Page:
I’m pretty sure I won’t be able to fit all my “trash” in the brown toter when it doesn’t fit in the blue one. A household with 4 people have that much “trash” in 1 week. Just more wasteful spending of tax $$$$$.

posted by: Lincoln Robertson on August 3, 2011  8:03pm

Two photo opps in one day on the Independent web site. I’m really impressed after such a long absence, Mr Mayor. This is a good one in front of the fire house. Are you inviting the firefighters to re-cycle their settlement checks back to city hall, or are you hinting some of the firefighters are about to be recycled? Pity you weren’t around last week to explain why the tax payers were being hosed so badly by the settlement. That’s politics, I guess.

posted by: Willie on August 4, 2011  7:58am

The city must of paid for the bins with the money they think they are gonna make with the 82 people who received bills for the bulk trash violations notices—-this city is a joke!!!!!!!!!!!!!!!!!

posted by: cove resident on August 4, 2011  9:39am

how come no one did a story on the bulk trash violations that we received???? come on Independent we are counting on you!!!!!!!!!!!!

posted by: robn on August 4, 2011  10:36am


If you pay close attention (and teach your family to pay close attention) to your waste stream (what can be recycled and what can’t) you’ll find the toters adequate. If you’re not paying attention, you’re simply not being a responsible modern citizen (local or global). Consider it in another way; if you returned 19th century methods of waste disposal, burning it or burying it in your backyard, you’d certainly pay close attention and do everything you could to reduce waste…becuase it would be in your immediate obvious best self interest.

posted by: James on August 4, 2011  11:32am

I’m in a family of 4, and between composting and recycling we barely produce 1 bag of trash a week. Then again, I actively try to avoid waste.. but that’s just me.

posted by: Morris Cover on August 4, 2011  1:35pm

This sounds a little backwards what happens if you already recycle and fill your large BLUE bin with trash .Now i have a smaller trash bin and a large recycle bin .Sounds a little ass backwards.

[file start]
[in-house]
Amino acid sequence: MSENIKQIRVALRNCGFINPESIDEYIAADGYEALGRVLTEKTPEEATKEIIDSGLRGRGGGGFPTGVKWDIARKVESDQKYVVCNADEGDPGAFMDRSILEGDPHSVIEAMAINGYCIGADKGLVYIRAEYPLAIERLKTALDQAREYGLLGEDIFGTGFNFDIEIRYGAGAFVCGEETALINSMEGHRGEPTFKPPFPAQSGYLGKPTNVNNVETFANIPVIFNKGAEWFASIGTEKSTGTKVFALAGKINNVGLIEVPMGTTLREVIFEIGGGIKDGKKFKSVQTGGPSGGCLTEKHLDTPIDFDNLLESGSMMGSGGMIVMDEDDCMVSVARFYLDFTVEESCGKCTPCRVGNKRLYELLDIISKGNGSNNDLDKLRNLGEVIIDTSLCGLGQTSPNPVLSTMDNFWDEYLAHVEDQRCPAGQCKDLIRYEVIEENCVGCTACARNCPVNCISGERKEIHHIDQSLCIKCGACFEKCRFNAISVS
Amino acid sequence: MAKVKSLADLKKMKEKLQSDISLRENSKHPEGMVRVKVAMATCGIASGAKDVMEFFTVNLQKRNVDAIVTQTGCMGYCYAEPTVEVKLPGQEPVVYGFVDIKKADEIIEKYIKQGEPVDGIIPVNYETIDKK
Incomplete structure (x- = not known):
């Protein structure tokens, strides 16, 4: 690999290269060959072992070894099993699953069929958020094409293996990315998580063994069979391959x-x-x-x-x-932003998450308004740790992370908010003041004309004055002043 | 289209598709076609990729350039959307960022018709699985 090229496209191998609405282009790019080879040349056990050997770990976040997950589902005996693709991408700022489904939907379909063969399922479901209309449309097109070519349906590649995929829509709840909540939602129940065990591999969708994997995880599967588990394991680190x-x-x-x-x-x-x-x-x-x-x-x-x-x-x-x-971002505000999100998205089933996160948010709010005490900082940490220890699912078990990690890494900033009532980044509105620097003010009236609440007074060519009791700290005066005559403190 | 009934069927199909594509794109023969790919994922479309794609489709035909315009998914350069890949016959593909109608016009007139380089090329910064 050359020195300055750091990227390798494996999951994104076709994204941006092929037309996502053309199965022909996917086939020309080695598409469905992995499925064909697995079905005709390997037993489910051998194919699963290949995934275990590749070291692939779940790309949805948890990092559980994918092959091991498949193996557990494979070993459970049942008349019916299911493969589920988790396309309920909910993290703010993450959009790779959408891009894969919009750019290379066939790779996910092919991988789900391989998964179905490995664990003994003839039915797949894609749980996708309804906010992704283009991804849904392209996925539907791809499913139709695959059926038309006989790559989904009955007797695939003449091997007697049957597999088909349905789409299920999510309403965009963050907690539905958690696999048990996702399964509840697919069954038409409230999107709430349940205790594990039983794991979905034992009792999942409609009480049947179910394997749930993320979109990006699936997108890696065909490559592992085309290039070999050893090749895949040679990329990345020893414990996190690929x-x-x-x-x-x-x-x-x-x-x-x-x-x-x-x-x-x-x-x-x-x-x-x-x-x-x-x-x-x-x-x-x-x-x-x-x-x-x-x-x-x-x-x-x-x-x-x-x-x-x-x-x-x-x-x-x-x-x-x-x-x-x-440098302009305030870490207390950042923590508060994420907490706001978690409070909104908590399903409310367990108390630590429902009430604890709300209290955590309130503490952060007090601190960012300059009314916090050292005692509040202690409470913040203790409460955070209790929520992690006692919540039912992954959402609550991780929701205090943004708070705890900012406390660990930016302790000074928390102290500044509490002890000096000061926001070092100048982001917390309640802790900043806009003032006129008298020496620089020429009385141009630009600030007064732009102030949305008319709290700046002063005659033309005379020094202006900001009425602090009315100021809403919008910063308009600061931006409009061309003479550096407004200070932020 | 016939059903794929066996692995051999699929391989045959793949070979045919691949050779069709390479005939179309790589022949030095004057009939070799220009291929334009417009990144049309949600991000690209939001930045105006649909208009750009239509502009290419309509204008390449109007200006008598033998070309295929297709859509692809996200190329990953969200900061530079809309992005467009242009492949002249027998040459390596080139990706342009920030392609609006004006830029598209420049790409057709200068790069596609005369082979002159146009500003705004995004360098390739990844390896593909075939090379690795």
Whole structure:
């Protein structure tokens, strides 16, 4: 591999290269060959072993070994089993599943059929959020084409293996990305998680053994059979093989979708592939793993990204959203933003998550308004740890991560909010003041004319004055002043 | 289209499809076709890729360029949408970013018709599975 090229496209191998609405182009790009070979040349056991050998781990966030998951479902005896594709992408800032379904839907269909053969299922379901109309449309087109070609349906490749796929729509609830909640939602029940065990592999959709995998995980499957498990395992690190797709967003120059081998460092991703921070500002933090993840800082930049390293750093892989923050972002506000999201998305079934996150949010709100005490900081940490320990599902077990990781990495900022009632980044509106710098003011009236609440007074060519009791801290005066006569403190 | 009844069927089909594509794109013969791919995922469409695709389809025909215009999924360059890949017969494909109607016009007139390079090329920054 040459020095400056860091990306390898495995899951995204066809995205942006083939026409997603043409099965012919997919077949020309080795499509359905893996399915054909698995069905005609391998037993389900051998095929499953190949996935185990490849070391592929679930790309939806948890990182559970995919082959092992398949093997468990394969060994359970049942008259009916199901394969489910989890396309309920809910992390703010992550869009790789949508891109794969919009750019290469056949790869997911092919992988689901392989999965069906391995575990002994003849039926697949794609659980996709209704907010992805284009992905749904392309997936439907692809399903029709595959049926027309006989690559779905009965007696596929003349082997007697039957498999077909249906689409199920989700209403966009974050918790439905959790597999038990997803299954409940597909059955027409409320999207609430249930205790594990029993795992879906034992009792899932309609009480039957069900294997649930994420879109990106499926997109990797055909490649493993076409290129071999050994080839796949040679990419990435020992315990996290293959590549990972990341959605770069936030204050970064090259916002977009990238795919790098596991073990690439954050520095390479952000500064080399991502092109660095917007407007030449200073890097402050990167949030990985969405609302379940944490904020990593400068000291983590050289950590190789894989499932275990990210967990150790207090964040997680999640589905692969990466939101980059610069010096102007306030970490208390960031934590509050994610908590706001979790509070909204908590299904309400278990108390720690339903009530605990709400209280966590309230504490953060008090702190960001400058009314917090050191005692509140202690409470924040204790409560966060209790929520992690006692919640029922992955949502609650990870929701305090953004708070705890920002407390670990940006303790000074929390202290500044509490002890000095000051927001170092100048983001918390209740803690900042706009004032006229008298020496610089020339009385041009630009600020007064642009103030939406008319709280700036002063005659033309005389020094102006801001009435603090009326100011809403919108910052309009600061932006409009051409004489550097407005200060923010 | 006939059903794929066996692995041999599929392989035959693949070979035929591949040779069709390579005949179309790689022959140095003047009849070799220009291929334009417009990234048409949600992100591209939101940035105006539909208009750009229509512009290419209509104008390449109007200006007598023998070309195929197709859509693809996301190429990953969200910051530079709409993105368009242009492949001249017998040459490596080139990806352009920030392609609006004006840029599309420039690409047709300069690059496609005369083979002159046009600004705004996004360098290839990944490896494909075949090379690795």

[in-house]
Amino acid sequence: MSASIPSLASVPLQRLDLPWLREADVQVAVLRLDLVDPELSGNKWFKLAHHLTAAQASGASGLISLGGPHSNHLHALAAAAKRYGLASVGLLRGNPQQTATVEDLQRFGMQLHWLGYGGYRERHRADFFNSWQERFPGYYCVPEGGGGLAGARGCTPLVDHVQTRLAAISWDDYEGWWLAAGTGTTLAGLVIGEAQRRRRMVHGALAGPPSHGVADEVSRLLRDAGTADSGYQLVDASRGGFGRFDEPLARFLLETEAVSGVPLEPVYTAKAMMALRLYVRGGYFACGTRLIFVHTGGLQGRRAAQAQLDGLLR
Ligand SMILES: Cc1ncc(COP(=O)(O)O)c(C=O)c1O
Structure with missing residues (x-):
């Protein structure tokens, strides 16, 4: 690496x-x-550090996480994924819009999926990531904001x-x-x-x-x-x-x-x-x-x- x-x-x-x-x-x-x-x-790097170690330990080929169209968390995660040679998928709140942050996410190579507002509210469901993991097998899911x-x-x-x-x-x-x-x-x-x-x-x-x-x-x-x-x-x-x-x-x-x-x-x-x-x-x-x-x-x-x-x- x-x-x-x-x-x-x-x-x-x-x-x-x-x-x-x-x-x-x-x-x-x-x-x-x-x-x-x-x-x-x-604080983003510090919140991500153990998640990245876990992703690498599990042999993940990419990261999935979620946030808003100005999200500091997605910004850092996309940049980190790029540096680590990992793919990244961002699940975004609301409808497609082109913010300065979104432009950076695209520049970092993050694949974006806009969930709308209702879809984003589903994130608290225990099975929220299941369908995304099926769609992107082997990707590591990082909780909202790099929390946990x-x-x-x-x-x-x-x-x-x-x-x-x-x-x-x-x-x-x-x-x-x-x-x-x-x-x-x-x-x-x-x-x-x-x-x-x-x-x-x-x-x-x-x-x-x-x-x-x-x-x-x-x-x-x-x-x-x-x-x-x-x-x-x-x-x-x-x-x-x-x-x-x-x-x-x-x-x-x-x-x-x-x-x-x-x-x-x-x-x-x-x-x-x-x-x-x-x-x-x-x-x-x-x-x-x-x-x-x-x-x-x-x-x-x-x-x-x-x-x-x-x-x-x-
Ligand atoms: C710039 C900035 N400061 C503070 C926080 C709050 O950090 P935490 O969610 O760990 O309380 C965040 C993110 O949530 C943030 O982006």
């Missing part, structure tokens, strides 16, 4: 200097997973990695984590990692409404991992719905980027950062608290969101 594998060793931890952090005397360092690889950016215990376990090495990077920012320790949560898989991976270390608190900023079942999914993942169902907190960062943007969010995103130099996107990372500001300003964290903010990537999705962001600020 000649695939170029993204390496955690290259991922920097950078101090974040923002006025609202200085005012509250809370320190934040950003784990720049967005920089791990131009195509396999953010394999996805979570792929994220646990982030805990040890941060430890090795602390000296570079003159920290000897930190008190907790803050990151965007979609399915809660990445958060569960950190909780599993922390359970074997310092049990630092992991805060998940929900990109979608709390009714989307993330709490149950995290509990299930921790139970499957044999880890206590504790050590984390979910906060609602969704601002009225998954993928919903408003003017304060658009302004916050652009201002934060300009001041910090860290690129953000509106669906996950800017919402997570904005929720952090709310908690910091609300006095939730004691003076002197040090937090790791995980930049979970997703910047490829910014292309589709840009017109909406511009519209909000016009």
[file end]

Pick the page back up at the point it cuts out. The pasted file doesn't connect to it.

posted by: James on August 4, 2011  3:31pm

Morris Cover.. the idea is to get people to recycle more. I know plenty of people who end up throwing out things that can recycle because that blue bin in entirely to small.

Seriously, if you are filling up that blue bin with trash every week there has to be things you can do differently to reduce the amount of waste you’re producing.

Somewhere in the city’s god awful web page is a list of what you can / can’t recycle. Start there.. if you can, to get an idea on how you might be able to put some stuff in the other bin.

posted by: SaveMoneyAndReduceTrash on August 4, 2011  6:02pm

In many cities and towns in Mass. and now in CT they’re requiring residents to pay for what they throw away—meaning those that recycle more, compost, make smart purchasing decisions and thus throw away less save more money for themselves and the town.  Even non-believers are saving by recycling.
Did I mention their trash cans (or bags) are smaller than New Haven’s hefty brown tote?  The City of Malden now recovers 75% of their trash.
This system seems fair and equitable - why should I have to pay for someone else’s trash - someone who is breaking the law and costing our City more money!  Looking forward to getting the new containers.

posted by: Mike on August 5, 2011  8:45am

I cant wait. I do think they should ask people to rinse out the old blue trash cans though.

I would love to know how this system is working so far in neighborhoods that have overflowing garbage cans and no recycling whatsoever.

posted by: Dave Baker on August 6, 2011  10:59am

Okay, I’m not too clear on the math either, but:

LIDS!  Bins with LIDS = LESS LITTER!  Hallelujah!

posted by: dumpster diver on August 18, 2011  9:35pm

Question for all….......if there is a viloation and items are not recycled then the fine is $200.00.  how will I know I an getting billed?